Here was the highest in command saved when his ship was torpedoed in the war. That was her grandfather.
There is no doubt that Catriona’s ancestry was riddled with heroines and heroes. It was extraordinary how bravery can be passed on from one generation to the next. Was it Nature or Nurture?
“Perhaps it’s a bit of both,” Catriona would say, “although there are some people in my tree that are not yet in the album. If the truth be known, they were quite ordinary!”
Indeed! If the truth be known! The whole thing was a fiction in Catriona’s world. She had been adopted at birth. She had no clue who her biological parents were. Murgatroyd, a visitor from Little Ivywood Hamlet, pointed this out.
“Heavens to Murgatroyd!” exclaimed Catriona. “This is the family tree of my adopted parents. Family is not in the genes; it’s in the heart. And this is an album of my family.”
It seemed like just an ordinary old photo. Granddaughter Natalie was showing it to her grandmother. Grandmother Lilianna had been born in Poland but had come to her new country with her parents and siblings when she was nine.
Which one are you? asked Natalie.
Lilianna had not seen the photograph before. Where did you find it?
It was with a pile of stuff in a box, said Natalie. What are the names of your brothers and sisters?
Lilianna pointed them out as she named them. There’s Franciszek and Filip. And there’s Zofia and Maria. You know great-aunt Maria. And I don’t know who that other little girl is. She must have been visiting at the time.
But, said Natalie, it’s written in Polish on the back. Daddy translated it for me. It says “Our six children”.
The photograph had taken Lilianna back to that terrible day. She knew who that fourth girl in the photograph was. It was her sister Dominika. Dominika was still alive and living not too far away. Dominika was ostracized. She had never been spoken about for decades. And now her photograph had emerged. It brought back extraordinary memories of… of…
Can I keep the photo? asked Lilianna.
Of course, said Natalie.
After Natalie left to go home, Lilianna threw the photograph into the fire.
Claudéric de Moulins d’Amieu de Beaufort was just an ordinary bloke. He was unmarried and lived in Illkirch-Graffenstaden.
Asceline de Pardaillan de Gondrin too was an ordinary of person. She lived in Krautergersheim.
They fell in love. They had met at a Social Justice Convention. With Asceline and Claudéric, modernity and moderation went hand in hand. They were a thoroughly modern couple.
Asceline de Pardaillan de Gondrin decided to keep her own name when she married Claudéric de Moulins d’Amieu de Beaufort. But what if they had children? What family name would each child use?
It was a conundrum that was easily settled; they would join their family names. Many years later, Renaud de Pardaillan de Gondrin de Moulins d’Amieu de Beaufort married Marguerite Dembélé- Vallée-Boutet-Aubert-Caillat-Gainsbourg-Ouvrard-Chéreau-Cazenave-Auvray-Bourdon. They too were modern and moderate. They changed their name to Smith. It was so foreign and exotic.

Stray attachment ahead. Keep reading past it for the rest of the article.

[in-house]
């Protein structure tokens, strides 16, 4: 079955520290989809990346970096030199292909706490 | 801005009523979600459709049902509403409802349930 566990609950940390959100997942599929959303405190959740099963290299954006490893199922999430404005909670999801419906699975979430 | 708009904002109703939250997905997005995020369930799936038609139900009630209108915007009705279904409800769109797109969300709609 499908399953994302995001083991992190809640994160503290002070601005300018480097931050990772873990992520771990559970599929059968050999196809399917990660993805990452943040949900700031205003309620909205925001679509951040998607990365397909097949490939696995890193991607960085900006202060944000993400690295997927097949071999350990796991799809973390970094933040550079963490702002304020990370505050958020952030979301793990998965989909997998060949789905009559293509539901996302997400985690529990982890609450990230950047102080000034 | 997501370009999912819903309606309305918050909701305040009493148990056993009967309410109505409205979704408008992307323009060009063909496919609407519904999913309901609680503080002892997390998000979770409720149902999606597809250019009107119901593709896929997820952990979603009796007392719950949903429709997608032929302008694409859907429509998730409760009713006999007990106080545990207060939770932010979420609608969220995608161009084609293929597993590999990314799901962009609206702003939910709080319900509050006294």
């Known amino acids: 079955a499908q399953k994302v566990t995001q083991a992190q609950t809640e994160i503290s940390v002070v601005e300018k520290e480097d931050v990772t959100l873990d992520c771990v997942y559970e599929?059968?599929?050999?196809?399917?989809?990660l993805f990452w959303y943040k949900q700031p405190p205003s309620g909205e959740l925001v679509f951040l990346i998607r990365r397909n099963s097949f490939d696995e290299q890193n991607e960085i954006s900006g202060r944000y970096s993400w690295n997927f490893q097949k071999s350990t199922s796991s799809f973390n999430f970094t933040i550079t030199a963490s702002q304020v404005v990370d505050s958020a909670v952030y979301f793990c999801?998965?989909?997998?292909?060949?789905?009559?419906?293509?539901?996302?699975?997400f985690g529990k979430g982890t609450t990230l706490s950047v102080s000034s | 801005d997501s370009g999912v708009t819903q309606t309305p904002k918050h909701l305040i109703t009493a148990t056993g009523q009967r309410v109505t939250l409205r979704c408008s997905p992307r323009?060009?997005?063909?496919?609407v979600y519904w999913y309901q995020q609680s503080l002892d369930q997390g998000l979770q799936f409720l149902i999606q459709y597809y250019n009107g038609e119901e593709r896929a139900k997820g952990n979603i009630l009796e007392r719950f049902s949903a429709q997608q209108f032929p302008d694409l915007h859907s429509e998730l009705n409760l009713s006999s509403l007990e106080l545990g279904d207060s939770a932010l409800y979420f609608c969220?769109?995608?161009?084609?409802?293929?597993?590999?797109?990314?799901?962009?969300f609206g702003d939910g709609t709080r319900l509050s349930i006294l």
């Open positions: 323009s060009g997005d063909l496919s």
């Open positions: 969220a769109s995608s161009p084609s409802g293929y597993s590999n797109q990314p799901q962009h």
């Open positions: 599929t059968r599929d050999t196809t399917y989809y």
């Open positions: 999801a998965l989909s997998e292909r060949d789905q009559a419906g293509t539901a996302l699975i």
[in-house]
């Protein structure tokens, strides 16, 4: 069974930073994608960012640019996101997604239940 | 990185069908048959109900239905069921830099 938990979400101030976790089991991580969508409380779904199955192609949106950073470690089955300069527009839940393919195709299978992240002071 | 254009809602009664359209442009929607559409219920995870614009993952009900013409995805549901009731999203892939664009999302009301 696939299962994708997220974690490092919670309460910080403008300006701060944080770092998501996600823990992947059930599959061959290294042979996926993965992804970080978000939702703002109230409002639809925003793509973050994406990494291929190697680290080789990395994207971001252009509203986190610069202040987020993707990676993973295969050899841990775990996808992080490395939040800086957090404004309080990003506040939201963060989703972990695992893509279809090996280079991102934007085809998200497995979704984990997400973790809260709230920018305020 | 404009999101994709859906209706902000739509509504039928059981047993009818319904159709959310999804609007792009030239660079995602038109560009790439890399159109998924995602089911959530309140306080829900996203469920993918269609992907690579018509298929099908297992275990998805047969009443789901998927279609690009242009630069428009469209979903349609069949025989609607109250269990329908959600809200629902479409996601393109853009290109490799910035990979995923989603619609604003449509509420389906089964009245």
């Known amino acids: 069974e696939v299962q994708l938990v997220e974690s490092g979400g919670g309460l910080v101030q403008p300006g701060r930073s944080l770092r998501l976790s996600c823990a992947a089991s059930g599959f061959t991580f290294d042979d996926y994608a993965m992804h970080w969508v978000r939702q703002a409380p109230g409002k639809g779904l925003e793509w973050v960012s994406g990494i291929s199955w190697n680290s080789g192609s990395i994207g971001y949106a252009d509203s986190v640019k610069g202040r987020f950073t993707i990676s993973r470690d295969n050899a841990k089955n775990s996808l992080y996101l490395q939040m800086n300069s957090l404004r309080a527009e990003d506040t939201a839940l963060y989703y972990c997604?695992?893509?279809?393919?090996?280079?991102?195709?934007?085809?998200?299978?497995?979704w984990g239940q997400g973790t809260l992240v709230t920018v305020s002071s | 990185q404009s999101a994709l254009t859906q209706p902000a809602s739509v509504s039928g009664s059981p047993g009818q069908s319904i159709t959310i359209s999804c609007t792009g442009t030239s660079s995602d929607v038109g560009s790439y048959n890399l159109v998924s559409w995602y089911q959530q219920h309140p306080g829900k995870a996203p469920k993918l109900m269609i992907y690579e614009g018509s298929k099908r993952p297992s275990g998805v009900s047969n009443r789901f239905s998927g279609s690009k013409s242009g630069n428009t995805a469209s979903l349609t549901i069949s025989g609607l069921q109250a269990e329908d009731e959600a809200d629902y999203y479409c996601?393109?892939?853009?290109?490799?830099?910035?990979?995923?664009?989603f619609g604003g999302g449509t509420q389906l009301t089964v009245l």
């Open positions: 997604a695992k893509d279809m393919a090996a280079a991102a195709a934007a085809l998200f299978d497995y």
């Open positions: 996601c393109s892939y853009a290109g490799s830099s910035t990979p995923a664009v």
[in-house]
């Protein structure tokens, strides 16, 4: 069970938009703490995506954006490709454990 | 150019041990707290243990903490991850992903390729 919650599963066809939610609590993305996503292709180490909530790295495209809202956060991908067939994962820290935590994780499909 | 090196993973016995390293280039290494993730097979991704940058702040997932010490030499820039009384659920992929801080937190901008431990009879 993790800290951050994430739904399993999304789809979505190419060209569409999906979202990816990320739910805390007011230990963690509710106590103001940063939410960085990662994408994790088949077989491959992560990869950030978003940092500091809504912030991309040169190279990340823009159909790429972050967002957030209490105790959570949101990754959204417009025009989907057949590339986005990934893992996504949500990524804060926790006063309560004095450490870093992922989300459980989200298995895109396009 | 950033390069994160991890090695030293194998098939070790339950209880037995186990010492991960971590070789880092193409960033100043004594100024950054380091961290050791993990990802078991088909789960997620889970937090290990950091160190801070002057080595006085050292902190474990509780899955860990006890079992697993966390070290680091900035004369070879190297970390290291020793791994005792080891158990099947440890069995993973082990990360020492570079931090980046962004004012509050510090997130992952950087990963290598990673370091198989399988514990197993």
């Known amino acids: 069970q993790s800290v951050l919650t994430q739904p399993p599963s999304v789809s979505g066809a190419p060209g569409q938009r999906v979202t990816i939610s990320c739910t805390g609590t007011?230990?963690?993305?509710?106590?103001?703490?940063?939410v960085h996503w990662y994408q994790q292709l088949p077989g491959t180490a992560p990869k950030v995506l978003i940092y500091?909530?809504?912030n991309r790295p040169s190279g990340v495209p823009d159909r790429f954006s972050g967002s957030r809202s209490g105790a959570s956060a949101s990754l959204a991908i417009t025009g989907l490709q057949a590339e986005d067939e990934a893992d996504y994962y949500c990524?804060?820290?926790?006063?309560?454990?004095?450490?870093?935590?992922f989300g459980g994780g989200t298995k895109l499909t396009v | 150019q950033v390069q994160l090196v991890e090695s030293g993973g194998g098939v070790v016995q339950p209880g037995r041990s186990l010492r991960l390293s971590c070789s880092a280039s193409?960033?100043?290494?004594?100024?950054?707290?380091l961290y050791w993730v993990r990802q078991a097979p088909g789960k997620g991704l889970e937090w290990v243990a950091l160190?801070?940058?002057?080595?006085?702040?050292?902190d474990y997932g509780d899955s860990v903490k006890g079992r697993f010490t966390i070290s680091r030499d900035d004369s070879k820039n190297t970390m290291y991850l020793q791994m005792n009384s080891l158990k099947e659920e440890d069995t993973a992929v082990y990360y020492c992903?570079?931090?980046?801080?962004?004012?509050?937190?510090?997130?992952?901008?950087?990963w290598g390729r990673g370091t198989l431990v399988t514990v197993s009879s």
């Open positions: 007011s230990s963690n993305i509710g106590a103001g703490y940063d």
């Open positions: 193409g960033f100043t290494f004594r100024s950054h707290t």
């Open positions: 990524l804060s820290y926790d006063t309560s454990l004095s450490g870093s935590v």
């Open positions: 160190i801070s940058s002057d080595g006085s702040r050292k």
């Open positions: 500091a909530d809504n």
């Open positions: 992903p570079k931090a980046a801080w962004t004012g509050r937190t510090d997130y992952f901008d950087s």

It was Thanksgiving, and Fred and Jaime Burtwhistle had much to be thankful for, although they couldn’t agree on what their next step in life together was to be. Fred’s Great Aunt Donnabelle, whom they loved very much for obvious reasons, had died and left them a gigantic fortune. It was such a pleasure to be able to spend money and not have their nosy great aunt overseeing. Waiting for her to die had taken years.
Then there was Jaime’s Aunt Mabel to be thankful for. She would never shut up. Talk talk talk. She had a motor accident at some stage during the year and lost the ability to talk. What a relief! What a blessing!
Jaime’s father was a chronic alcoholic and they had put him in a care center of some sort for drunks. It was going to be good not having him around on Thanksgiving to ruin everything.
Fred’s mother, a widow, was a nut case. She had been “institutionalized”. Hopefully in a padded cell. You’ve no idea how embarrassing that woman could be.
So indeed there was much for Fred and Jaime Burtwhistle to be grateful for this Thanksgiving. They had no children, so it was to be just the two of them. Of course, they couldn’t agree on how best to spend Great Aunt Donnabelle’s inheritance. To solve this disagreeable problem Fred had poisoned the cranberry sauce, and Jaime had poisoned the pumpkin pie.
The Innes Family of Stockton Street were excited. They were sponsoring a distant cousin from England. Tommy was eighteen years old, had no brothers and sisters, and his parents had passed on. Mr and Mrs Innes had met him (years ago) on their trip to the Old Country. How would he like to live with us and start a new life in New Zealand?
Tommy was more than capable. He organized everything possible from his end. Meanwhile, the Innes Family repainted the spare bedroom, made new curtains, and generally made his room as welcoming as possible.
Oh the excitement among the Innes children as the day drew near!
“We don’t want to rush things,” said Mrs Innes. “Just take things slowly. Tommy will need time to adjust to his new country.”
He arrived! It was as if he had been part of the family all his life! It was a perfect arrangement!
On the first Saturday (with grandma as well) they packed a picnic, crammed into the old car, and headed for the river.
“A picnic at the river, a swim, fresh air, will do us all good,” said Mr Innes.